I think ambient music's special quality lies in it's focusing only on the creation of a certain atmosphere, only perhaps on what you could call the "location of spirit". It does not tell any story outright, nor say anything really specific. But if your mind is open and willing to travel, it can take you on what you could perhaps call a transcendental voyage; I think it requires a special kind of calm and detachment from what you would traditionally call your"self" to appreciate it. I think its greatest beauty lies in these facts about it, that in the listener it fosters creativity, providing only a certain "sense" of things. It is not there to merely be consumed, but to inspire a natural creative inclination. And what more appropriate a medium then music, what better conveyor then something so wrought with depth and adept at grasping into the spiritual, onto the transcendent?

Metal / Re: Hail Quorthon & other leaders
« on: December 13, 2005, 08:29:49 AM »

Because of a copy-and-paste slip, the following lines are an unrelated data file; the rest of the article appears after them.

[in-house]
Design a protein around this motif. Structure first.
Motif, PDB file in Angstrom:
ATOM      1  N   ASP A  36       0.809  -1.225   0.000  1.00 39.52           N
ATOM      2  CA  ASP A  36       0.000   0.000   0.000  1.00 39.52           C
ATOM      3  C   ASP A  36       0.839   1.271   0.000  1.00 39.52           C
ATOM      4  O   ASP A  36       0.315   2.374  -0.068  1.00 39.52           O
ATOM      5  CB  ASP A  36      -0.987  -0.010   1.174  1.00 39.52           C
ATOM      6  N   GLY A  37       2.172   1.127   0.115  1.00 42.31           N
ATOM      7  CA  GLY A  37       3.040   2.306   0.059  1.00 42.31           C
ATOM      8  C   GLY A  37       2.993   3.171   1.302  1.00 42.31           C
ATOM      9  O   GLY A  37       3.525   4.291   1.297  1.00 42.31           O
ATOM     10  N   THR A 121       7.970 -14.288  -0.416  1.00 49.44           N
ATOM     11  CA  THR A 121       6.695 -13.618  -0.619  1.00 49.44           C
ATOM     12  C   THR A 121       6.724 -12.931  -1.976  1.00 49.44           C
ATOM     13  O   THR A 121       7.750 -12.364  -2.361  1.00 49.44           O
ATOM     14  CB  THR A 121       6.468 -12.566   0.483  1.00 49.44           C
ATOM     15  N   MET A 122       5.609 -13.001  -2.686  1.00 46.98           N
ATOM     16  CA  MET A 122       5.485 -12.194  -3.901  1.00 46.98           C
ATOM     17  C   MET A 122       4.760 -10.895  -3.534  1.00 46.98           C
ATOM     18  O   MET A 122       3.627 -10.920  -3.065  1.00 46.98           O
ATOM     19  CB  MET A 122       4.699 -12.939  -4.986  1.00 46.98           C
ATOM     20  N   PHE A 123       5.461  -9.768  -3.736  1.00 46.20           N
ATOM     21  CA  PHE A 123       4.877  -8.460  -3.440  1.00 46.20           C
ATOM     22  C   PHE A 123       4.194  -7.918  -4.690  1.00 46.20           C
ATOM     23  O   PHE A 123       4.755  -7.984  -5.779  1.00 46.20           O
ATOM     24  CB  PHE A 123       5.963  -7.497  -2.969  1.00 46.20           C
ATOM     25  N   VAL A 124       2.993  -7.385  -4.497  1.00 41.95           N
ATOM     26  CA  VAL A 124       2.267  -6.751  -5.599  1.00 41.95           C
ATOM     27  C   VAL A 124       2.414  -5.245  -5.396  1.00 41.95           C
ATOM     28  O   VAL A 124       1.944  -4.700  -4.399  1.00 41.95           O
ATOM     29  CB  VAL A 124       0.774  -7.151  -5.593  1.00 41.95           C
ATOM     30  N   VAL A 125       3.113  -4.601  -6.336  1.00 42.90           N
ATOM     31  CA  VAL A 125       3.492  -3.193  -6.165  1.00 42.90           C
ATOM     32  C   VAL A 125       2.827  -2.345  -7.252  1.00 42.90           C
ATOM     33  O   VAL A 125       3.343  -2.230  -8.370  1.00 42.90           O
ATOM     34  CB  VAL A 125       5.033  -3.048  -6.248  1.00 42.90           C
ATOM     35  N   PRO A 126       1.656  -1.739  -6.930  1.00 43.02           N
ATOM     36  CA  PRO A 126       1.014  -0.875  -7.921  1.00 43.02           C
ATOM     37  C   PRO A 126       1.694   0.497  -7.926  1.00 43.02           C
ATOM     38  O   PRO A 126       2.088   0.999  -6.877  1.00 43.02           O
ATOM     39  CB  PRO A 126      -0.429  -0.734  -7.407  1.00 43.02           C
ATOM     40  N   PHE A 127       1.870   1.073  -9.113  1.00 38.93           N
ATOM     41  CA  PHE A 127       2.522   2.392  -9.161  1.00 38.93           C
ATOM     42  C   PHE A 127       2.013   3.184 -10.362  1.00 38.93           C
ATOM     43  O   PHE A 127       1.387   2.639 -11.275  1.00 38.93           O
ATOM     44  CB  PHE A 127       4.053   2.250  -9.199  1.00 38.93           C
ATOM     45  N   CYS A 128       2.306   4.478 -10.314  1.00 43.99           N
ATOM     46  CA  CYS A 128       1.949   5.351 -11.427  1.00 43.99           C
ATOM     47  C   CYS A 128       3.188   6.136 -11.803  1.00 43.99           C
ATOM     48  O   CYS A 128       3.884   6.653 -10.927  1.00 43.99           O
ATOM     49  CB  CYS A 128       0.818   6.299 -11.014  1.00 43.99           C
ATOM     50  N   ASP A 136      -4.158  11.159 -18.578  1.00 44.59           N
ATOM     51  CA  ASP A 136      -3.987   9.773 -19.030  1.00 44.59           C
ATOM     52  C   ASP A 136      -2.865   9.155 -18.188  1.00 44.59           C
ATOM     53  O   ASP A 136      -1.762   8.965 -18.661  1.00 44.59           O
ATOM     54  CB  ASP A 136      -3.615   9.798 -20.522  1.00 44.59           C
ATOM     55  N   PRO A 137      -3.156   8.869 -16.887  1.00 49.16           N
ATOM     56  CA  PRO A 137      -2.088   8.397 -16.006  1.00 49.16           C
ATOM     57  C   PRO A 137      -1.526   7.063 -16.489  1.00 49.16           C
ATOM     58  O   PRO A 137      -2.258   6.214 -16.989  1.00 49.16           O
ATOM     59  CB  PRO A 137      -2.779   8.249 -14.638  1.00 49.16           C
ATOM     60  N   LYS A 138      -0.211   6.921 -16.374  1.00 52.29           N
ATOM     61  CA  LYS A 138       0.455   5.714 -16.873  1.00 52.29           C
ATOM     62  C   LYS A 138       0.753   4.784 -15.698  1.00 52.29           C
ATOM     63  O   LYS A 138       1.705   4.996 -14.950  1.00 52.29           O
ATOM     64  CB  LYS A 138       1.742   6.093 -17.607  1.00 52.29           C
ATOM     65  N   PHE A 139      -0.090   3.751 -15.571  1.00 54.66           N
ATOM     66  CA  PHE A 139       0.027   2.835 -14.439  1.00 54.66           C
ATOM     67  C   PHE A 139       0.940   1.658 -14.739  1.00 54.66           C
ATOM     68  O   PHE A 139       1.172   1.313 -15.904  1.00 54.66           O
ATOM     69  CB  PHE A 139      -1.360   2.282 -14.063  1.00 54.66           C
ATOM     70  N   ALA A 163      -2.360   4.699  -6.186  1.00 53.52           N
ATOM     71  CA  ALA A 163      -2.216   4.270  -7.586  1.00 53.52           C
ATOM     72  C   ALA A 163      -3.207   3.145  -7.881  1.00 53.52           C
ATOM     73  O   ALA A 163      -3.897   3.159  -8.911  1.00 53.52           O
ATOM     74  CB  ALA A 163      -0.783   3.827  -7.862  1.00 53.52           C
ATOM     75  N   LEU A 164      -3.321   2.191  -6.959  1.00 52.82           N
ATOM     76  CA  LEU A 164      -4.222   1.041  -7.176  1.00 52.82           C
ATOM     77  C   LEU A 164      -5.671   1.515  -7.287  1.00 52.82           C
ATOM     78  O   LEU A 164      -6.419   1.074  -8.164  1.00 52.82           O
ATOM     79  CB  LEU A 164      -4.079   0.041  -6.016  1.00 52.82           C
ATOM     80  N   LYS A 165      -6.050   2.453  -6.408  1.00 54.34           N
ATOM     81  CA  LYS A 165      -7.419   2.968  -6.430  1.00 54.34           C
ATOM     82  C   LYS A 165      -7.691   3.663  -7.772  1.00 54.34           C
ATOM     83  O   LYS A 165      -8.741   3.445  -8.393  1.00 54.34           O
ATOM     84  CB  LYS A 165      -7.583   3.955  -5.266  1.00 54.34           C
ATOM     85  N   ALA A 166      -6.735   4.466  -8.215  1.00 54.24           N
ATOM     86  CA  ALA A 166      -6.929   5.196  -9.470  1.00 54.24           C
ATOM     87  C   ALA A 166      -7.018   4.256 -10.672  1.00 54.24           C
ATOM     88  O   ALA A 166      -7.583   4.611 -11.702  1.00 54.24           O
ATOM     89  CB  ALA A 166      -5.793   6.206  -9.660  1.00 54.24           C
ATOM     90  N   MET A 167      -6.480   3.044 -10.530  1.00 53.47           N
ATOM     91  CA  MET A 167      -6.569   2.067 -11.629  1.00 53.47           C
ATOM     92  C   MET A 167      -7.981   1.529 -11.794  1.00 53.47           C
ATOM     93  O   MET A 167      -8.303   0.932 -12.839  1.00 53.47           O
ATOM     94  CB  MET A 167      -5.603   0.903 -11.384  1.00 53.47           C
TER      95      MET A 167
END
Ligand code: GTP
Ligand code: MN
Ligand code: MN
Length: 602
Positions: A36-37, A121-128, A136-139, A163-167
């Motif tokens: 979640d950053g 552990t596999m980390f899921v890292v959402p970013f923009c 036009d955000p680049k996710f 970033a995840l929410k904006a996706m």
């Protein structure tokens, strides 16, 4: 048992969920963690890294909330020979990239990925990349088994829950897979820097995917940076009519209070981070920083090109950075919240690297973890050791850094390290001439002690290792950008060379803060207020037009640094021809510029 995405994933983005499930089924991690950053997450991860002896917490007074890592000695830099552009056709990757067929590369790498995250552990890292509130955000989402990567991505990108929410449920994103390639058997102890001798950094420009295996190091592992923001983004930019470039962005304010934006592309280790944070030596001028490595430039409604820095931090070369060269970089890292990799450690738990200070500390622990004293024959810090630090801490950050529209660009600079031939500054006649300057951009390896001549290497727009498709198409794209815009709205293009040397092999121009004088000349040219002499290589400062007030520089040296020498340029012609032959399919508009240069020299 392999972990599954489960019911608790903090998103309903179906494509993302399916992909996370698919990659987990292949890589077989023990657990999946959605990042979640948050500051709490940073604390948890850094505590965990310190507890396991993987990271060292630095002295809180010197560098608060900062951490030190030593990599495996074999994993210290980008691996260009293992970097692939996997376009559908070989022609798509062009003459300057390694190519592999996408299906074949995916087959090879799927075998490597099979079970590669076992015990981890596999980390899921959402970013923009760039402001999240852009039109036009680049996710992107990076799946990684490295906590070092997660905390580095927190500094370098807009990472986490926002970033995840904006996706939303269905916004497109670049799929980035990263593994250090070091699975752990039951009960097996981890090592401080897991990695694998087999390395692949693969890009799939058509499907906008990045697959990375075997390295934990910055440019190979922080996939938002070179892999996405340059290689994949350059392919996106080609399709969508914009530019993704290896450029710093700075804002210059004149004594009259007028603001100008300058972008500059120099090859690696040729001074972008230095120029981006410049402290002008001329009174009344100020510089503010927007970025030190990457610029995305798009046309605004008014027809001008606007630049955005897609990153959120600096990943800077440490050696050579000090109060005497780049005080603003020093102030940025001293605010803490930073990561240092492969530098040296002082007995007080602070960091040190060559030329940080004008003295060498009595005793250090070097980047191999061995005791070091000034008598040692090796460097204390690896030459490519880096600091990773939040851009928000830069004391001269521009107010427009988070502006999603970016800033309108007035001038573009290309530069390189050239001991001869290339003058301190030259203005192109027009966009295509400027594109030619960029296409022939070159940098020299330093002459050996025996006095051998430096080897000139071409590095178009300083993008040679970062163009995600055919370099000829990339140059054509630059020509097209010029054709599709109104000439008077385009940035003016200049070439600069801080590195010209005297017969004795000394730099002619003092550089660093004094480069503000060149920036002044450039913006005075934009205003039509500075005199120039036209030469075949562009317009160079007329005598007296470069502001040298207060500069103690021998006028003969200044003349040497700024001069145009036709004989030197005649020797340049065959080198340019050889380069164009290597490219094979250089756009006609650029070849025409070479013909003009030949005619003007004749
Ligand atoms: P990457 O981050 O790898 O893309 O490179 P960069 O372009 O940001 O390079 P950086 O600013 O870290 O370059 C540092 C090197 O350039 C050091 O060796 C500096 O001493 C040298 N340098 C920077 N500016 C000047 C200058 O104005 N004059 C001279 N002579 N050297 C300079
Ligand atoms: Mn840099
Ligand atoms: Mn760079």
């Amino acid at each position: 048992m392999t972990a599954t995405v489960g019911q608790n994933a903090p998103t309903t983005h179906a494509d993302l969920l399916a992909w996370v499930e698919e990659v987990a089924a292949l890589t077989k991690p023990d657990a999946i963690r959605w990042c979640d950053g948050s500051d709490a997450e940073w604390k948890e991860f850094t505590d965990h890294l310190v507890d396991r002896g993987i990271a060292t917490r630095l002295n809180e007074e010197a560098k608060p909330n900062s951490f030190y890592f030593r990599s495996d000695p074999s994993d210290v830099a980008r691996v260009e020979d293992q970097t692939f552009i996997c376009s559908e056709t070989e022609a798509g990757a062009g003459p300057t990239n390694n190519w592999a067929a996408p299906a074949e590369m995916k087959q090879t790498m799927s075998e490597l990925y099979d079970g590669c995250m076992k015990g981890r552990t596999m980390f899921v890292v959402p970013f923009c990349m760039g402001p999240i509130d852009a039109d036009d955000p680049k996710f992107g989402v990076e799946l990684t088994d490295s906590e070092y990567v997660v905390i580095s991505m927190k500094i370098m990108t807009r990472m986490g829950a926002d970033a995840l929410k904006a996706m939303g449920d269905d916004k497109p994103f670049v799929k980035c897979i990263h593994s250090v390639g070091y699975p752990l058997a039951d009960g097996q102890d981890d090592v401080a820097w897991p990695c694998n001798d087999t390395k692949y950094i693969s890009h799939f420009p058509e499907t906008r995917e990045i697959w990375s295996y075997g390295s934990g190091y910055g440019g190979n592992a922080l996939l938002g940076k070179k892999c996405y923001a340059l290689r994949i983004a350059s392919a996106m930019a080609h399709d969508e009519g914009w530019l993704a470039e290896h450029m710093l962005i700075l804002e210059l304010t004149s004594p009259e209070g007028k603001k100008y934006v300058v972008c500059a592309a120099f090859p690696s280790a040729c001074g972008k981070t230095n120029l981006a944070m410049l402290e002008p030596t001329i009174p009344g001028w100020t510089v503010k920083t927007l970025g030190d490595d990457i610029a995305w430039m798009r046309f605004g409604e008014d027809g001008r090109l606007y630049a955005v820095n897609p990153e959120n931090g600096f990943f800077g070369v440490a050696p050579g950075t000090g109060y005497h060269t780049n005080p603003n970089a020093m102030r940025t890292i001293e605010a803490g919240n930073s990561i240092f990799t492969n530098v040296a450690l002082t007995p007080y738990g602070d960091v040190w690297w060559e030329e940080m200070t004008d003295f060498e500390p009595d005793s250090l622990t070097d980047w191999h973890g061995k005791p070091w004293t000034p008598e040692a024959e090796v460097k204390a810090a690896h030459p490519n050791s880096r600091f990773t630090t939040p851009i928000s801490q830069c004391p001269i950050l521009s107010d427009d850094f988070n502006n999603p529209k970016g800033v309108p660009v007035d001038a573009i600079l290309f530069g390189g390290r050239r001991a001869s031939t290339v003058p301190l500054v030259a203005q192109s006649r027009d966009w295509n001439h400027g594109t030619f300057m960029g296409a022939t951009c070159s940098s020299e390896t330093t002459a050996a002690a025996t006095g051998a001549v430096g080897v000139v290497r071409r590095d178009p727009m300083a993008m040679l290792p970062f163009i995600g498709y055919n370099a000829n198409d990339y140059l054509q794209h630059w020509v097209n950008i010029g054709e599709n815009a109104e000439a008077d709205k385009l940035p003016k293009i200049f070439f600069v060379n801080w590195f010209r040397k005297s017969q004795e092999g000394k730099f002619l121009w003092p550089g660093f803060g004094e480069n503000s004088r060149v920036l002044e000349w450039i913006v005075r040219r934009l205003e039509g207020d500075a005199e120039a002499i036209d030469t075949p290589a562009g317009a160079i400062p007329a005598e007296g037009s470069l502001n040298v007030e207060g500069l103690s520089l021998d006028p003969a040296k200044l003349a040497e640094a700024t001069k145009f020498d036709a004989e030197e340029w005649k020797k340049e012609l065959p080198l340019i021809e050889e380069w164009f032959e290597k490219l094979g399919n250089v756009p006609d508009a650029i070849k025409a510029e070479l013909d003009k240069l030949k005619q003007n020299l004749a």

You bring up valid worries about the treatment of the men behind these various works of music.

Accidental or not, we can agree Bathory was something that certainly (especially from who Quorthon seems to have been) went beyond its creator; the man behind the music went beyond himself, and this is how all music should be, to strive to create something far beyond ourselves. Now Quorthon himself may not have been striving to go beyond himself, but it must have come from somewhere within him, from some expression of himself in his writing it. At the least, he wasn't trying to be "innovative" and this allowed innovation.